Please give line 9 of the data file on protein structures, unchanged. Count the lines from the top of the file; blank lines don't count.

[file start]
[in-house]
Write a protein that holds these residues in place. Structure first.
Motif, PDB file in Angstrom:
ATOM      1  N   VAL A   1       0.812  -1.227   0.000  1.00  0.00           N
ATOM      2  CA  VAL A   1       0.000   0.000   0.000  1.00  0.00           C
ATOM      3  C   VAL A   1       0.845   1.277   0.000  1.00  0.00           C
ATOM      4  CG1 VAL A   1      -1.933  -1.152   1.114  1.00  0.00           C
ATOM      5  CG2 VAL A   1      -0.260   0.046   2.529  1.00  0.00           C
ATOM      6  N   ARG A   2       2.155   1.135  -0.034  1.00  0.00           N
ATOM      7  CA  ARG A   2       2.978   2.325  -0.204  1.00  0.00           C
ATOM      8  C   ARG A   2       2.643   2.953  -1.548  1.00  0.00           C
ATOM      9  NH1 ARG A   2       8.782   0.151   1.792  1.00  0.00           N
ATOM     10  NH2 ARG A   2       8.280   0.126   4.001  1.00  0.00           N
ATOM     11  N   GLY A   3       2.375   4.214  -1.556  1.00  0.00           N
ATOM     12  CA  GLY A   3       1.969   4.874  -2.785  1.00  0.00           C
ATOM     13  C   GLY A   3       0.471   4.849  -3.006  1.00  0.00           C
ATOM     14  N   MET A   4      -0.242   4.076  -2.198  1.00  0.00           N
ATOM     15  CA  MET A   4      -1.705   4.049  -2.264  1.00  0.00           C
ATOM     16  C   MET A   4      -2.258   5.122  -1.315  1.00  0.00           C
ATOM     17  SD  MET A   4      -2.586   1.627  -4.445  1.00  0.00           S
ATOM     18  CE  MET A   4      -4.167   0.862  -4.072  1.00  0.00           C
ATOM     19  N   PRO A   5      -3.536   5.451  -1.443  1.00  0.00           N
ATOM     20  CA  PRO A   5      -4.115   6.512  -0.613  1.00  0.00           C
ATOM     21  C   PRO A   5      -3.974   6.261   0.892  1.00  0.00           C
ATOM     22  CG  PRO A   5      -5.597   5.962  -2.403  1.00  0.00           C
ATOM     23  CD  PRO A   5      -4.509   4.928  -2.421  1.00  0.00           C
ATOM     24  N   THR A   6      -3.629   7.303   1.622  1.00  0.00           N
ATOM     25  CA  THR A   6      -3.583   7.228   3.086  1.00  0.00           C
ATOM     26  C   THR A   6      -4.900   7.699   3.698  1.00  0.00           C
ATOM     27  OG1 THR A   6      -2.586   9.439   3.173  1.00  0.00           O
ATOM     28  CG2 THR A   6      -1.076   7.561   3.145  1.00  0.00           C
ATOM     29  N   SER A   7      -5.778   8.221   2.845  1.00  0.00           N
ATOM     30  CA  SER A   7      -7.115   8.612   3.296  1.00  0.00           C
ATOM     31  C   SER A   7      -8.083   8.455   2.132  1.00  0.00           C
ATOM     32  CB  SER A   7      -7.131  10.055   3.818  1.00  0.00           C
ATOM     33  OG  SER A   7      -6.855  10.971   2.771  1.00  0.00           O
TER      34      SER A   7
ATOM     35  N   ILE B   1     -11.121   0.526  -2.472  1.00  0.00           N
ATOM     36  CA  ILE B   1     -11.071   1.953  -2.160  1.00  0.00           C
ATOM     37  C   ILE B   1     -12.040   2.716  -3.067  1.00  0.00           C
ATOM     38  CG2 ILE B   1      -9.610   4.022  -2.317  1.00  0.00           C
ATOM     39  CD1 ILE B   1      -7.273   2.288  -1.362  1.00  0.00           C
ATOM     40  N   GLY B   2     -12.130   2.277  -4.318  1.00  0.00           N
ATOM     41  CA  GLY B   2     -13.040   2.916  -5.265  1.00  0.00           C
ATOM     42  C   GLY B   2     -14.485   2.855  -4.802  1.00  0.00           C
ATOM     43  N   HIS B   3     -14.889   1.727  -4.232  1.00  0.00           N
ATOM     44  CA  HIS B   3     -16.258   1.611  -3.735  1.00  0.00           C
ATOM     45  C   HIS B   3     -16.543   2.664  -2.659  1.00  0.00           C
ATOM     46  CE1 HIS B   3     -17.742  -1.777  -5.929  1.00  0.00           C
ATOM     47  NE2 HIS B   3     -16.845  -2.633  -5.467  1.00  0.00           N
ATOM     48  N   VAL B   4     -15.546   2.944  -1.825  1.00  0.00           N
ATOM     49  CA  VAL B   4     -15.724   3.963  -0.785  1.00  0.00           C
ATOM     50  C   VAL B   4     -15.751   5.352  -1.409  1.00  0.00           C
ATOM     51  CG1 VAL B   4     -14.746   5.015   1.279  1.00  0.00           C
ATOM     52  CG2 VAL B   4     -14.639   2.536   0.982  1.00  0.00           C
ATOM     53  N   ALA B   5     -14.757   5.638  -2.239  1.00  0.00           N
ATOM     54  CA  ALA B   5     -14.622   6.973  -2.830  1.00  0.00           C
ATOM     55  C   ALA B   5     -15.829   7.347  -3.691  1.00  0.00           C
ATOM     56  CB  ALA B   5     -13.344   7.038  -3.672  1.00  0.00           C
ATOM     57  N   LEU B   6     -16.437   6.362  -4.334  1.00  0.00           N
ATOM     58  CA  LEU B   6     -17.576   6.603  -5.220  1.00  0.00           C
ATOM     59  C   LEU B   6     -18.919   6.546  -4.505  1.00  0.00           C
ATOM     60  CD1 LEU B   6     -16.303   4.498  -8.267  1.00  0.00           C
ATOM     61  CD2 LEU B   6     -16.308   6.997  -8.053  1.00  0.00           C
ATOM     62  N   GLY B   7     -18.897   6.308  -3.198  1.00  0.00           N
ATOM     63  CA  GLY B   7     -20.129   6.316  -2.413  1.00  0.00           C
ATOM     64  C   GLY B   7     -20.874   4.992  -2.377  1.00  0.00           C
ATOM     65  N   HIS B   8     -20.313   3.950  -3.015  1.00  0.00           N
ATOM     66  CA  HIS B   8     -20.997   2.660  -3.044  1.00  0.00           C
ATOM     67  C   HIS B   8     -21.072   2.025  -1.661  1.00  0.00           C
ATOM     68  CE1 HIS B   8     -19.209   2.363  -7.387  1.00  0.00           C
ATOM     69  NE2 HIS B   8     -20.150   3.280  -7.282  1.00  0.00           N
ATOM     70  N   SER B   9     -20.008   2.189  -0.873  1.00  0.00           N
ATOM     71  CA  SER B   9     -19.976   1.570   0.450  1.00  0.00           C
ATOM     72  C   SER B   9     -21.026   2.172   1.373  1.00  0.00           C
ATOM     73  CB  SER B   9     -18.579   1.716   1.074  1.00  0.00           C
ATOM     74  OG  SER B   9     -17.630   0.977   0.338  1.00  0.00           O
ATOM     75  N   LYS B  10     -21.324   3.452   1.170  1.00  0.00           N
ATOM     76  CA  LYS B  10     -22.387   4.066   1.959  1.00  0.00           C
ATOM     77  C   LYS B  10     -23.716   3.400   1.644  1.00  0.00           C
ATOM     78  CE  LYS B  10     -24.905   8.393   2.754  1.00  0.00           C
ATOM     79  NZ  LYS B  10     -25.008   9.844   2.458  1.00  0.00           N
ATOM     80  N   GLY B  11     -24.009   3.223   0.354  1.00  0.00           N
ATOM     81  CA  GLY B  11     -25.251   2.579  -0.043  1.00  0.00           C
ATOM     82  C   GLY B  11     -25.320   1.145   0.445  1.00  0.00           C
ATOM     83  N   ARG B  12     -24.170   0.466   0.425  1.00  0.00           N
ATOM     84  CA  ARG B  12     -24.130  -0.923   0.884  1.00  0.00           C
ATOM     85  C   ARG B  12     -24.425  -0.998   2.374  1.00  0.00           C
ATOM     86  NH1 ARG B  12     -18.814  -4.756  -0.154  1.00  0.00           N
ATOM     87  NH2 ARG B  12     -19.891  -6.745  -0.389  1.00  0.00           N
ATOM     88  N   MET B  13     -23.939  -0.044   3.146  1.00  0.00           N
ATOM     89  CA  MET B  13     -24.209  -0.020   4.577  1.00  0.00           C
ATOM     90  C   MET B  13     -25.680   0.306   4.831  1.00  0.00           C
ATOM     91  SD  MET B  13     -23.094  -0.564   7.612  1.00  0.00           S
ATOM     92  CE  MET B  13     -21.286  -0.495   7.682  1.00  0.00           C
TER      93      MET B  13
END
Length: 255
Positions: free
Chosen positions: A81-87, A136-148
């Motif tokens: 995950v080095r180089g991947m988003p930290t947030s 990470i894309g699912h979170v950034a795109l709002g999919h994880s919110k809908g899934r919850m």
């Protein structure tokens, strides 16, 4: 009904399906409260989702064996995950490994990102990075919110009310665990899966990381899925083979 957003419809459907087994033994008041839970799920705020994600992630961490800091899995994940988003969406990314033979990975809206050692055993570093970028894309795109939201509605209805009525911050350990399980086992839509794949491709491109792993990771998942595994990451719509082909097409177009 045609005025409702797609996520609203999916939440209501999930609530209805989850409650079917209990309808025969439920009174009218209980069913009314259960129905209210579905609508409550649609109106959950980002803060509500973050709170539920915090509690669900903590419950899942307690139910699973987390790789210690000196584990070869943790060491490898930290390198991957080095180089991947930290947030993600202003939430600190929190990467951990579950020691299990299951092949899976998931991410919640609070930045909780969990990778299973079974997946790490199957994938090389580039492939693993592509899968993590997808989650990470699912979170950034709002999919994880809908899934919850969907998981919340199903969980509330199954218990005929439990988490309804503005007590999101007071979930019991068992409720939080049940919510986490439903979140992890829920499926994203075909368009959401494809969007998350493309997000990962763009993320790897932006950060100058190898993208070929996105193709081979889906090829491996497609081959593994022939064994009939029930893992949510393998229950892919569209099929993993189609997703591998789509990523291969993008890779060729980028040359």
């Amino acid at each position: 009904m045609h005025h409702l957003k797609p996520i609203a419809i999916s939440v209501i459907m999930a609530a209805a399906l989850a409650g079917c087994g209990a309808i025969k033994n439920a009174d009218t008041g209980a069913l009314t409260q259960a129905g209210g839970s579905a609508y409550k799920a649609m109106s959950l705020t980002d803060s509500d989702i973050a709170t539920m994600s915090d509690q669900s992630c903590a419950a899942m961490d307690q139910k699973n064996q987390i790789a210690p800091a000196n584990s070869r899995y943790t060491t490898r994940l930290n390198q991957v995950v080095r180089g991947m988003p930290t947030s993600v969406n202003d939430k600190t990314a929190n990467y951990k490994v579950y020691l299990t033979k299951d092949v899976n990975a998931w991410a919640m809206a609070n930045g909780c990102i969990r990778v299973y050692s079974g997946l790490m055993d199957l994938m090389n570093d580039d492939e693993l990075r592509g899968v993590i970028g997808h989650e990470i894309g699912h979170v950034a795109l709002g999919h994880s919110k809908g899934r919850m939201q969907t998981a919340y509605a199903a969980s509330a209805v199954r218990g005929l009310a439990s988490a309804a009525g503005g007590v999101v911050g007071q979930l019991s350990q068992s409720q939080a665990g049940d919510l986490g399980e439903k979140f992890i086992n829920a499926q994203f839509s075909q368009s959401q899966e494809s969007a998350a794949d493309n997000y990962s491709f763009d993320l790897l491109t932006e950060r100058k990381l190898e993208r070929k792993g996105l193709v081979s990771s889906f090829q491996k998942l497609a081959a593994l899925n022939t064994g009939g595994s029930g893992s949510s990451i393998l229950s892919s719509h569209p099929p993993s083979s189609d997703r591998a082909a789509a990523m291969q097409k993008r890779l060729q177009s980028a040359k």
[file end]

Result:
ATOM      6  N   ARG A   2       2.155   1.135  -0.034  1.00  0.00           N